My son Woody turned six in November of 2011. That would have been the kindergarten year for most kids, 180 days that mark the beginning of the school career. But Woody did his learning in the big, wide, beautiful world, without school being a part of it.

I'm Teresa Honey, and I kept this blog to document this time in my son's life, to share pictures and stories with far-away friends and relatives, and to add ours to the many stories of families living rich, engaging, loving lives with learning happening all the time and in many forms, totally inseparable from every other part of being human.

Here you'll find 180 or so learning moments recorded from August, 2011 to April, 2012 in the life of a 5-turned-6-year-old radically unschooled kid.

Friday, December 16, 2011


You probably need to know two tangential things about this picture:

1. Fox has adopted a hanging skeleton from our holiday decorations box as his dear friend, Skelly. (I assume Woody or Daddy Honey helped with the name, but I'm not sure.) Skelly has been eating with us, riding in the car with us, and has been featured in most Fox-commissioned drawings in the last two days (see Daddy Honey-drawn and Fox-colored picture in the middle of the table).

2. I wasn't joking about yesterday's lack of housework.

On to the learning moment. So, the two "Lego" (really Cobi) kits they are working on so earnestly were purchased this morning at the hobby store with a $20 that Woody's Grandmama sent for his birthday. He first picked up a kit that cost $24.99, but I showed him that it cost more than he had. Then, as he shopped, I wandered down the aisle to look at the science experiments (marveling that they still sold the exact same gyroscopes I remembered owning as a kid in the mid-'80s). A few minutes later, he came up to me with this little armored car bricks kit, eyes lit up, smiling, and said to me, "Since this is only $9.99, we can get one for Foxy, too!"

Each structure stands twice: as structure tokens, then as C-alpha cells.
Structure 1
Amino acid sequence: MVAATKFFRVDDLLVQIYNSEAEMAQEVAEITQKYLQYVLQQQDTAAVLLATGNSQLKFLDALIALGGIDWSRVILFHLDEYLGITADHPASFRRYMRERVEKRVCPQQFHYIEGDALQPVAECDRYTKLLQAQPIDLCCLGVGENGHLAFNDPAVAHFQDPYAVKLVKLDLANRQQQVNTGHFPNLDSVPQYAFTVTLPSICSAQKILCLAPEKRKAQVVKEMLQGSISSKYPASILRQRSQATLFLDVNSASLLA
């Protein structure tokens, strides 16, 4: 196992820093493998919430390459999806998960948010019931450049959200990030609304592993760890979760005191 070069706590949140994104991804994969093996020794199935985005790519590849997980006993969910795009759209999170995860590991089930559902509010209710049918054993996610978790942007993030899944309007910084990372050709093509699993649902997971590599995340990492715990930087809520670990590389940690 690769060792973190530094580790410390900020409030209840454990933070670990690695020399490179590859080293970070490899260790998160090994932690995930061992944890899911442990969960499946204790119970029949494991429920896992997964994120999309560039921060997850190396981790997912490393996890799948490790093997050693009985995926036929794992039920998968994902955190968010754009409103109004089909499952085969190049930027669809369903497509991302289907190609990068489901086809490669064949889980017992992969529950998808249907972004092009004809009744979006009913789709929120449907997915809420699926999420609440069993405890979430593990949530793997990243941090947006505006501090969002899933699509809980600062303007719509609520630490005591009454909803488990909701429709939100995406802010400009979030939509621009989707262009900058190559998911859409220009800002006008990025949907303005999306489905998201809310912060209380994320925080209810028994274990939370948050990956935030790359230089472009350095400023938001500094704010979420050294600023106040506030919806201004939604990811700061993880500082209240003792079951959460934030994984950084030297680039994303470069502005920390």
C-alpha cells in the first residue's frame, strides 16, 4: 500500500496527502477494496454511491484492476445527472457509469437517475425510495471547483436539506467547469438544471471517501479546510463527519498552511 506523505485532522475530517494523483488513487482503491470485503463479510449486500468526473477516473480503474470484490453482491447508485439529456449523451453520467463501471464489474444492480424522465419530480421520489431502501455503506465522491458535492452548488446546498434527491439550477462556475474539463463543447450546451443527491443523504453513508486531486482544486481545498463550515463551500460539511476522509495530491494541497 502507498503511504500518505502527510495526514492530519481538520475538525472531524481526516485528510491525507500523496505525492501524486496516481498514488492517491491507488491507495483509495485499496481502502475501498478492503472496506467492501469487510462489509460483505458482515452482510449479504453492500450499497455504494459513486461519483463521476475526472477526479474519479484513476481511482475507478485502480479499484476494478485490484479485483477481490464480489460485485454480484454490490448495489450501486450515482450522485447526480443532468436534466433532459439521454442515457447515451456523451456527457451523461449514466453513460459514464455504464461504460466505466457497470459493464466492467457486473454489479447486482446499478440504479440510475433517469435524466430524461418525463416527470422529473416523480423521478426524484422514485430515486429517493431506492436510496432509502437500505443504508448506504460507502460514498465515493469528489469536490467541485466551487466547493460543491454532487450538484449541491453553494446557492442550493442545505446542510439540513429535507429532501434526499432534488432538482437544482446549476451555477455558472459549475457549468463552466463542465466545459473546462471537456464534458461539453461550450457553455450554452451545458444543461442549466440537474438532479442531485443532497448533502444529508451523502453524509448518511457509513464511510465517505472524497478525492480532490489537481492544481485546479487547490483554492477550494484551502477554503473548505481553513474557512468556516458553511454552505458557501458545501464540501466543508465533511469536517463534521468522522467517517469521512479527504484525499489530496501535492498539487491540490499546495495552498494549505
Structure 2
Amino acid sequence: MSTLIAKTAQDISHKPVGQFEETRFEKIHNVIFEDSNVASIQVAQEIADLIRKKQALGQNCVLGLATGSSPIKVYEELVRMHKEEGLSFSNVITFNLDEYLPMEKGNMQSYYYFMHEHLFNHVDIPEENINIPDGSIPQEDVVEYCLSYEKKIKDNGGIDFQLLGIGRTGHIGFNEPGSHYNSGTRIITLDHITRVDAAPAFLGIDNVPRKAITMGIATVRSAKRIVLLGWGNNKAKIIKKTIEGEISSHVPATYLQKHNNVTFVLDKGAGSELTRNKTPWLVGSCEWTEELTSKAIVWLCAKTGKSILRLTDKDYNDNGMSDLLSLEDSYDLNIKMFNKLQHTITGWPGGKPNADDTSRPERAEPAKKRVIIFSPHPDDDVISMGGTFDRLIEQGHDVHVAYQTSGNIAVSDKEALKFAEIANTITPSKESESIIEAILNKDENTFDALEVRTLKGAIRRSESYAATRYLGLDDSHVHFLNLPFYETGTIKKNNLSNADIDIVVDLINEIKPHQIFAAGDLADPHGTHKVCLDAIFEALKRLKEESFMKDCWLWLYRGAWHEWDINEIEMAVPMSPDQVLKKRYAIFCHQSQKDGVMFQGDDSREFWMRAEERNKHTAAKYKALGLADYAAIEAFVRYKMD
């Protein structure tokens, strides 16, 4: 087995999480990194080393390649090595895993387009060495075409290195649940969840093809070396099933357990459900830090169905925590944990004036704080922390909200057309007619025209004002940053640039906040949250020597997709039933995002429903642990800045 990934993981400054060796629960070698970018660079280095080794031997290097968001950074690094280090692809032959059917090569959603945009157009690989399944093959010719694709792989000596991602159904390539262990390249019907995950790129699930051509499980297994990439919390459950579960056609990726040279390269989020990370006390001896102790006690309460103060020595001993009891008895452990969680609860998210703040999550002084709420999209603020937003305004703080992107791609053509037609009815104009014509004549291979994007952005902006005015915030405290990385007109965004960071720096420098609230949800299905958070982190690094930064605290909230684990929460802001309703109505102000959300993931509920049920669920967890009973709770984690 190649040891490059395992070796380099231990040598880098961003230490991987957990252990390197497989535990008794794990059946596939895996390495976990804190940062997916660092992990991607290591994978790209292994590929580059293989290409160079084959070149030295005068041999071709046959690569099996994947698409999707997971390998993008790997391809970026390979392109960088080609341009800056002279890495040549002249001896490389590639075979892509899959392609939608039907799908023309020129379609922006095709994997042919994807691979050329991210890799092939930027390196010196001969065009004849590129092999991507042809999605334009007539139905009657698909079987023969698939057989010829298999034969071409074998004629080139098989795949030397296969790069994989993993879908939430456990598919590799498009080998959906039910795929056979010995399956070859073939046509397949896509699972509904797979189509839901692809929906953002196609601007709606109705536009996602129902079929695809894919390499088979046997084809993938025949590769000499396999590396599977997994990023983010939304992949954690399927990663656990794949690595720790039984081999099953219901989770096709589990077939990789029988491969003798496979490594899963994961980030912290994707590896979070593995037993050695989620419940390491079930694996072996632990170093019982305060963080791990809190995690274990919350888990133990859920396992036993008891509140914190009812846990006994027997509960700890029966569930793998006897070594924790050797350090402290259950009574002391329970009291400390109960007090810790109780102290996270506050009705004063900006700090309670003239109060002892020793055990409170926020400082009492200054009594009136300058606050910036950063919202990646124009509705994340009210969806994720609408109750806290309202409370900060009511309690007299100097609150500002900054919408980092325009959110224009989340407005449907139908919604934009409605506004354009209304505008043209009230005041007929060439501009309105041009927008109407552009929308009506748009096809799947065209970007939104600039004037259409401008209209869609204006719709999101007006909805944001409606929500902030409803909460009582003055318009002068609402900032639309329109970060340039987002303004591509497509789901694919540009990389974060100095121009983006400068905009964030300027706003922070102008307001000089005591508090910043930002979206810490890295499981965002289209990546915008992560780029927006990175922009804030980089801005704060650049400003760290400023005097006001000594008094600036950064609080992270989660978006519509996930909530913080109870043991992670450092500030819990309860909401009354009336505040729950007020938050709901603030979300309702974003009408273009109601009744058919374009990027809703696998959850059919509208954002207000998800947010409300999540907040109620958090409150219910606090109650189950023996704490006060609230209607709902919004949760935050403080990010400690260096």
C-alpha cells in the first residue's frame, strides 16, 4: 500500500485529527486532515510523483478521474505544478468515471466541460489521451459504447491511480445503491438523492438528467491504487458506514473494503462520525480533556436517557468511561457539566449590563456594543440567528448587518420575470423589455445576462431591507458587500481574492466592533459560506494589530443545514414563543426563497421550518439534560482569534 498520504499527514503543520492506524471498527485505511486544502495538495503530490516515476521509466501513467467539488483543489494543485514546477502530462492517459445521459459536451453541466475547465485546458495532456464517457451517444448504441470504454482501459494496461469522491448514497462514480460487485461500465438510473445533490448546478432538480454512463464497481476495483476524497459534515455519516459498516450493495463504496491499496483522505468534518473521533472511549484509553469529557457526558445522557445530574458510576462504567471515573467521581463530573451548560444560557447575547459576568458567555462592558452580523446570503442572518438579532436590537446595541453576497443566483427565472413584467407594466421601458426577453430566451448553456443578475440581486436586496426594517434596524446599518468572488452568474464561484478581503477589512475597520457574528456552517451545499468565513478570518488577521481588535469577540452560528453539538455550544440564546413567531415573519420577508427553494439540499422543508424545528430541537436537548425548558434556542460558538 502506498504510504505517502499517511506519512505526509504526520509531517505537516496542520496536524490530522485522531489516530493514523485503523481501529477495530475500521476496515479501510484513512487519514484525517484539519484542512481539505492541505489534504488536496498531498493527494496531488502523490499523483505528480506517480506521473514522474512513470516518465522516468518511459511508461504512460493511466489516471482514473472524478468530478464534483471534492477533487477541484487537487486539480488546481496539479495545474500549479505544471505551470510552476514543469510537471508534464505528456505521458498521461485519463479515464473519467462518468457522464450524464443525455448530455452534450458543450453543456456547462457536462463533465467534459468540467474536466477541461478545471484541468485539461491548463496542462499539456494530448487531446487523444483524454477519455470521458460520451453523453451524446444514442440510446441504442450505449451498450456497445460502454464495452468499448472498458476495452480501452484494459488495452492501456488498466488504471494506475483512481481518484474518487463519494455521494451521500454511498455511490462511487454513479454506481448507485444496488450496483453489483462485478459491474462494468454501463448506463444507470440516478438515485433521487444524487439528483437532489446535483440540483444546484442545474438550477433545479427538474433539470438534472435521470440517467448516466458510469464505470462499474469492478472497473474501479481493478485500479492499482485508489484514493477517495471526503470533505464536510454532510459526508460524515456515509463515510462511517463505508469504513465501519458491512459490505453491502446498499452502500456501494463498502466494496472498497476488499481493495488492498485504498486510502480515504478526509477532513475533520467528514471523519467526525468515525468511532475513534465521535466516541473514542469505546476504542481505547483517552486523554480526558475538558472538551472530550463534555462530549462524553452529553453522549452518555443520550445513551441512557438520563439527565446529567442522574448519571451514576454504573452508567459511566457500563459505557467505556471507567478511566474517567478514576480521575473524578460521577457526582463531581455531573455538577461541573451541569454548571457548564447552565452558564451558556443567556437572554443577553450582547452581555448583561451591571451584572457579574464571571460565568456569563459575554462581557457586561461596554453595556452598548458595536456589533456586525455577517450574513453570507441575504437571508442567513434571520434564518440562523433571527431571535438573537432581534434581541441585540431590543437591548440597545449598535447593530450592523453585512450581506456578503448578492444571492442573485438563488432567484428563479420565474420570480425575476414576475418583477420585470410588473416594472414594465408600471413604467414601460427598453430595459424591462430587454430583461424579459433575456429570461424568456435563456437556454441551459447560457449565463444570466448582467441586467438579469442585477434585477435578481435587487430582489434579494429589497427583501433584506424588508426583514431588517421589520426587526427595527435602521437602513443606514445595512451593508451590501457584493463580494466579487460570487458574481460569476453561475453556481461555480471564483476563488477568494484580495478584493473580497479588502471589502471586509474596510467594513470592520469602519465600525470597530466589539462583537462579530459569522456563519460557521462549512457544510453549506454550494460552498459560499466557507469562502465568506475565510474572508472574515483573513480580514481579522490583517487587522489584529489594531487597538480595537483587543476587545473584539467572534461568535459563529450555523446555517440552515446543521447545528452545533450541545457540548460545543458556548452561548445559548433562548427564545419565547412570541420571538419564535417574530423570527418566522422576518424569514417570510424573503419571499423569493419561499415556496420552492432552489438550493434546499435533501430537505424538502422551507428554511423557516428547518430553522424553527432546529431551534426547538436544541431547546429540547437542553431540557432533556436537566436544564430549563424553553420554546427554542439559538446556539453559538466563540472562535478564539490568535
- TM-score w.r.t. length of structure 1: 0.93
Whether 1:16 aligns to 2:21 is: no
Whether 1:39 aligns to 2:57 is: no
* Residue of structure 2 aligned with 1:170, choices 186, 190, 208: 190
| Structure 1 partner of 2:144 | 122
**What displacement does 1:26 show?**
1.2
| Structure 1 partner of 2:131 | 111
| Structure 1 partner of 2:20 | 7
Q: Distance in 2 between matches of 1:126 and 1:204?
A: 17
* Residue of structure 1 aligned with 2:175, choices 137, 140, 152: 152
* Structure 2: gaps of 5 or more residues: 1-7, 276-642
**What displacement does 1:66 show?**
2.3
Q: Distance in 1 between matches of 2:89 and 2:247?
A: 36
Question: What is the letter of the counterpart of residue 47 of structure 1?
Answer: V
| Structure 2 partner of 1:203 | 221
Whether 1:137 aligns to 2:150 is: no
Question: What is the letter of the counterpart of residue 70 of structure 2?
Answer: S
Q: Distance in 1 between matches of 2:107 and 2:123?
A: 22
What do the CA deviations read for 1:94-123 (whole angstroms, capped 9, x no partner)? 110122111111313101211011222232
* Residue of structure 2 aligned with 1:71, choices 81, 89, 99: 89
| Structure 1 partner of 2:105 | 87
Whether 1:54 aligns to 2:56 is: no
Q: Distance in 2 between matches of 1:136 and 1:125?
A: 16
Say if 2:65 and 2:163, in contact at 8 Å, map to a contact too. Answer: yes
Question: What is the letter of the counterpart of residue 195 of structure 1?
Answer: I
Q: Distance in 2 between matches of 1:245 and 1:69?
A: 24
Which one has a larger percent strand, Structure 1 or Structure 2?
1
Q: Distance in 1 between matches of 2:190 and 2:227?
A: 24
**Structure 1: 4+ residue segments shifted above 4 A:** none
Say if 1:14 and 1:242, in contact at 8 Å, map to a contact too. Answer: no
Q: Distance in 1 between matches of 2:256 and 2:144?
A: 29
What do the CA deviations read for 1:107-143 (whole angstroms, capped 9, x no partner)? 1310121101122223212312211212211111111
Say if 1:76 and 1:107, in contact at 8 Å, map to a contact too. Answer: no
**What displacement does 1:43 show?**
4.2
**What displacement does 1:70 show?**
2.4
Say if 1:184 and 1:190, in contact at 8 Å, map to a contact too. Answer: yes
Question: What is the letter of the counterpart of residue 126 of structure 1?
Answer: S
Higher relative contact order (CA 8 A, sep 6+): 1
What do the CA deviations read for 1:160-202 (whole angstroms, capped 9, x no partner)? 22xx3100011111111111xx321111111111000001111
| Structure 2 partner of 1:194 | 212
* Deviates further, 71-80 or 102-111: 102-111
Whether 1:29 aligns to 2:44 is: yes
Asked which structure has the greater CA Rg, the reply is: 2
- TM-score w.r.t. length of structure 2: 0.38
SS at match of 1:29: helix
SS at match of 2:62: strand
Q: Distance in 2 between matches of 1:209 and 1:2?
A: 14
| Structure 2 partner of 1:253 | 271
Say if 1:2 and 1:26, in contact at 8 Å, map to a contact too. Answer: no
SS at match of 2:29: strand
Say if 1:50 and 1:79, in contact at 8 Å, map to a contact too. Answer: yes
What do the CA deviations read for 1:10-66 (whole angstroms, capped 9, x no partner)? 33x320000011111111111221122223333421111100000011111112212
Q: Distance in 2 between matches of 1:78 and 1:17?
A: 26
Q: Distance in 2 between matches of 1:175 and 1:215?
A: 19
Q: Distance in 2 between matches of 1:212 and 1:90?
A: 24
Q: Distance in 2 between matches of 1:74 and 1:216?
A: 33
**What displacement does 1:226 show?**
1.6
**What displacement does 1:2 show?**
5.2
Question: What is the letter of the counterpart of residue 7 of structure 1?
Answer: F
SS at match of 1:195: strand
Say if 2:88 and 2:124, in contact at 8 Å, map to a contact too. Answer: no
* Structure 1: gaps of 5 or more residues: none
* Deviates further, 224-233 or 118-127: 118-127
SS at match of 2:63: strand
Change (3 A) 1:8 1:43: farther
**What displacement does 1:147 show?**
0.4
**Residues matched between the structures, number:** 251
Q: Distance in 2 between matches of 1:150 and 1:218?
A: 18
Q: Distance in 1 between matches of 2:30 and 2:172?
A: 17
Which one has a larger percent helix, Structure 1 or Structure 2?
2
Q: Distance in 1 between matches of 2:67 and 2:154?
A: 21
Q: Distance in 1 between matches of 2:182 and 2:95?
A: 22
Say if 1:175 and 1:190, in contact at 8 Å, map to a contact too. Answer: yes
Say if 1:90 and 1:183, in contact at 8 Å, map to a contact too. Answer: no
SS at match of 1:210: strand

I was stunned. Really and truly. This would not have occurred to me as a 6 year old. My money ='ed my present. I might have let my sister hold my toy, on the second day, after I was beginning to tire of it.

So, we walked back over to the kits, and Woody showed Fox which ones cost $9.99 or less. Fox picked up the same one as Woody, and we walked up to the register to pay. I explained to Woody about tax (high in our county at 9.25%), and how I'd kick in the couple of extra bucks to cover it. He was delighted with his purchase, and told the cashier we didn't need a bag, that he and his brother would like to carry their kits out in their hands. 

There were ups and downs in the play once we got the cars and guys full assembled, with Woody growling at Fox at one point that he wasn't "playing realistic enough!" But soon thereafter, they found common ground again in figuring out how to artfully illustrate terrible military deaths (decapitations, being shot out of their cars, etc.) I'm happy that Woody made the play possible, that he shared not out of coercion or in deference to a rule, but from his heart. For some kids, sharing this way comes naturally, but Woody struggled with it. I'm glad that he found a peace with it, and I'm glad for all those times I accepted the frustrated looks of other parents when I didn't "make" him share with other kids, but rather let him choose whether or not he wanted to.